WESTFIELD, NJ — The mayor is standing by the town’s controversial decision not to pick up residential storm debris following Tropical Storm Isaias.

At Tuesday’s online council meeting, Mayor Shelley Brindle acknowledged residents’ objections to the decision, something she said was based on the public works department’s ability to pick up the large amount of debris.

“It was more based on limited capacity than financial constraints, although that was a consideration in light of the budget cuts that we made due to the pandemic,” Brindle said. “It is important to note that every town has different issues, resources and capabilities.”

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In Mountainside, Scotch Plains, and Fanwood storm debris pickup started Monday, the towns announced. On Aug. 5, both Cranford and Clark announced the townships would be assisting residents with curbside pickup of storm debris. On Facebook Wednesday, Garwood's mayor thanked the borough's DPW for cleaning up all storm debris left curbside.

However, Brindle said that in Westfield, in addition to more than 10,000 trees in municipal parks, the town has over 7,500 trees lining its streets that it must maintain.

“Our DPW first has to secure all of our own town trees and … make sure everything is safe before we can even get to the street debris,” she said.

Municipal officials estimated they would not be able to clean up residential street debris for several weeks and, Brindle said, landscapers would likely dump their non storm debris into street “creating piles that become street hazards.”

“This is exactly what happened in 2018 and, if you recall, it led to a tremendous amount of residential complaints about piles in the streets,” she said. “I remember they were knee-high, and chin-high in some cases and how long it took to do the pickup because of that.”

Brindle acknowledged that surrounding towns are providing pickup of storm debris and said Westfield needs to find a better solution for future storms.

Due to the lack of pickup, the town is allowing for residents to drop off debris at the DPW’s Conservation Center without the typically required permit until Sunday, Aug. 23, Brindle said.

Not everyone was pleased with the explanation. Carleton Road resident John Blake told the council he recalls the town picking up residential storm debris for the 50 years he has lived in Westfield.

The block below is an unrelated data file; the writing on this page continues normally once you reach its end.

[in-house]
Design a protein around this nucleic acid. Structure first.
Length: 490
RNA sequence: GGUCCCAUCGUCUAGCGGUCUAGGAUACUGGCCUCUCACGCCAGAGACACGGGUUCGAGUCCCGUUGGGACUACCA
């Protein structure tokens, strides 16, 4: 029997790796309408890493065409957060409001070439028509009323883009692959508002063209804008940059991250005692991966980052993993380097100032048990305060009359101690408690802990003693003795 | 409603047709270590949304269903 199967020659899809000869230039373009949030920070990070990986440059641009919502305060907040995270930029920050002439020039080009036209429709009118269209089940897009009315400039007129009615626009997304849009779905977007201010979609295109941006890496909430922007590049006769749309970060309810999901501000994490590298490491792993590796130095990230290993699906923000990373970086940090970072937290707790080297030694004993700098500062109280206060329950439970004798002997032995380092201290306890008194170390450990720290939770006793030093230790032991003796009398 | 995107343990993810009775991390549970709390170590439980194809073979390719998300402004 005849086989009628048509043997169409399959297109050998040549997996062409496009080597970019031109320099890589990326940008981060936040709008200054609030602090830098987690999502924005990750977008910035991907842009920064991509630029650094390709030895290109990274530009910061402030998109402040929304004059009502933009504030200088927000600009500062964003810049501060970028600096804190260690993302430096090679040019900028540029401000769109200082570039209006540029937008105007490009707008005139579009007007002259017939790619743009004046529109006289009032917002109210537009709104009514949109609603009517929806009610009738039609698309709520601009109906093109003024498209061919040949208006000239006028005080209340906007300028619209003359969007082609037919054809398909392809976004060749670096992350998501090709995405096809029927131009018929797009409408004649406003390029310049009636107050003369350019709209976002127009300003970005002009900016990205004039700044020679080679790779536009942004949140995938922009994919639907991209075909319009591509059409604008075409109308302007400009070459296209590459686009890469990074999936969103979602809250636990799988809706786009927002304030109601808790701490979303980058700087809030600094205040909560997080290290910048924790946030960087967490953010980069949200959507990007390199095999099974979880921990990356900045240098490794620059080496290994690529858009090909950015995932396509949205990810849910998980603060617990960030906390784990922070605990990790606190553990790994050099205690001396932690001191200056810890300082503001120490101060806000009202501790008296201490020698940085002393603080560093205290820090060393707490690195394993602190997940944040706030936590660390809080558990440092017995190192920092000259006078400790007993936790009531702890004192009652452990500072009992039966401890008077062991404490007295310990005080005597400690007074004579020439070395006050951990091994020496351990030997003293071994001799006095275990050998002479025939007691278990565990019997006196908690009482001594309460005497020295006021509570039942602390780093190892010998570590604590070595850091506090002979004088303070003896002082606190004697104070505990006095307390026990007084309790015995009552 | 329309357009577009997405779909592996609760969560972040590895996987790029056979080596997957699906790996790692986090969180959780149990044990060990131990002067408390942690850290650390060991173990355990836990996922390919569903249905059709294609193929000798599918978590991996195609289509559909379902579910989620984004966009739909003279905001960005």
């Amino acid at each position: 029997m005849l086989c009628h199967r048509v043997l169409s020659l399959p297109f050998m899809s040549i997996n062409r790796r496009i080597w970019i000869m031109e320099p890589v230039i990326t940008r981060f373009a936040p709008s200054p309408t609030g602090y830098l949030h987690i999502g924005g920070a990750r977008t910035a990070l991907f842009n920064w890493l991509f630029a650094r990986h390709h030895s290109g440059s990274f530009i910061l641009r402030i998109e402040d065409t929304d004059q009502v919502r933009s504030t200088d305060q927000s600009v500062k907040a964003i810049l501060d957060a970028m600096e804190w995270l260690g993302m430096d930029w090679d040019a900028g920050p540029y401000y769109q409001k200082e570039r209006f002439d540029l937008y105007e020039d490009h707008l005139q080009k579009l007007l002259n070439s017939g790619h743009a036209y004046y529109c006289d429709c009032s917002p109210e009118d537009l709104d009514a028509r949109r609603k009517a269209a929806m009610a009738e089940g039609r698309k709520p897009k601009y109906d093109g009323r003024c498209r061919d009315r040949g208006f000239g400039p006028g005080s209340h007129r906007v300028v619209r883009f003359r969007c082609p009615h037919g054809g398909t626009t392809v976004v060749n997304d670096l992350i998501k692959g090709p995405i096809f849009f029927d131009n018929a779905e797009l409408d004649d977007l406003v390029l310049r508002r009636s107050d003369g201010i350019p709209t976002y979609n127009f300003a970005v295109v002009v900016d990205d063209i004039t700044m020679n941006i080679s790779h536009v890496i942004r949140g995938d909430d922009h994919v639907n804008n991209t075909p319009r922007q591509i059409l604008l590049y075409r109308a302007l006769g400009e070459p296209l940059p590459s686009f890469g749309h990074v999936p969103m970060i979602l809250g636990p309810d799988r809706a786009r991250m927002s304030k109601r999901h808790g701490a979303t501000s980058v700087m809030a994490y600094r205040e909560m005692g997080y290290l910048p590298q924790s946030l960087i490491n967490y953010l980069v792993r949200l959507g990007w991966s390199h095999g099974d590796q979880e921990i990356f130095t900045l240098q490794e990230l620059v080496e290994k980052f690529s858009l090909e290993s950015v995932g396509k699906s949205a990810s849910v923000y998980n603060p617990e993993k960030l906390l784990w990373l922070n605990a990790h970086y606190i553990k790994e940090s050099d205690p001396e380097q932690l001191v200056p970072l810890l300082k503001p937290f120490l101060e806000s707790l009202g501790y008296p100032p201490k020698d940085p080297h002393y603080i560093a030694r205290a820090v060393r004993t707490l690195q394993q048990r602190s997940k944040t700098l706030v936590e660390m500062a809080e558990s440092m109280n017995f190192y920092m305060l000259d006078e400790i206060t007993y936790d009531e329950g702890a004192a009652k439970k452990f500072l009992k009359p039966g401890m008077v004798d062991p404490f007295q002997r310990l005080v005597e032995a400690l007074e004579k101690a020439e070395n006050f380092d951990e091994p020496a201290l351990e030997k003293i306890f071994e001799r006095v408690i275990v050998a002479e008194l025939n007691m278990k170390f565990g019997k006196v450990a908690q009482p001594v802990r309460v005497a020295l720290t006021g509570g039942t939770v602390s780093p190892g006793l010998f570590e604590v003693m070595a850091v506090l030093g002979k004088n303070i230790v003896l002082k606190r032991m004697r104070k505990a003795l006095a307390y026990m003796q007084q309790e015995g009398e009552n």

“You can’t tell people that debris that is piled up in front of their house in the street has to be taken by them in their passenger cars,” Blake said. “We don’t all own trucks. We don’t all have saws and power tools that are necessary to cut these things up.”

While the town is not picking residential debris, some residents have been helping their neighbors with the task, including through Lifelong Westfield, a group formed by the Mayor’s Senior Advisory Council.

On Saturday, Councilman David Contract posted to Facebook that along with Lifelong Westfield co-chair Brad Chananie, recreation events specialist Lauren Harmer and other volunteers, he helped to pick up debris.

“It's gratifying to help out our seniors and more importantly to help one another during these challenging times,” Contract said. “Our collective sense of community is more important than ever to help us all manage through whatever crisis occurs.”

James Leitner, who lives nearby in Scotch Plains, heard about the need and posted to social media that he has power tools and is available to help. Leitner told TAPinto Westfield he had over 30 requests for assistance, and he anticipates he'll be back helping out on Thursday.

“I have gotten everything from small tree branches to entire trees being asked to be cut up,” Leitner said.

Seniors who would like assistance through Lifelong Westfield, may email Harmer at westfieldnjseniors@gmail.com.

Email Matt Kadosh at mkadosh@tapinto.net | Twitter: @MattKadosh

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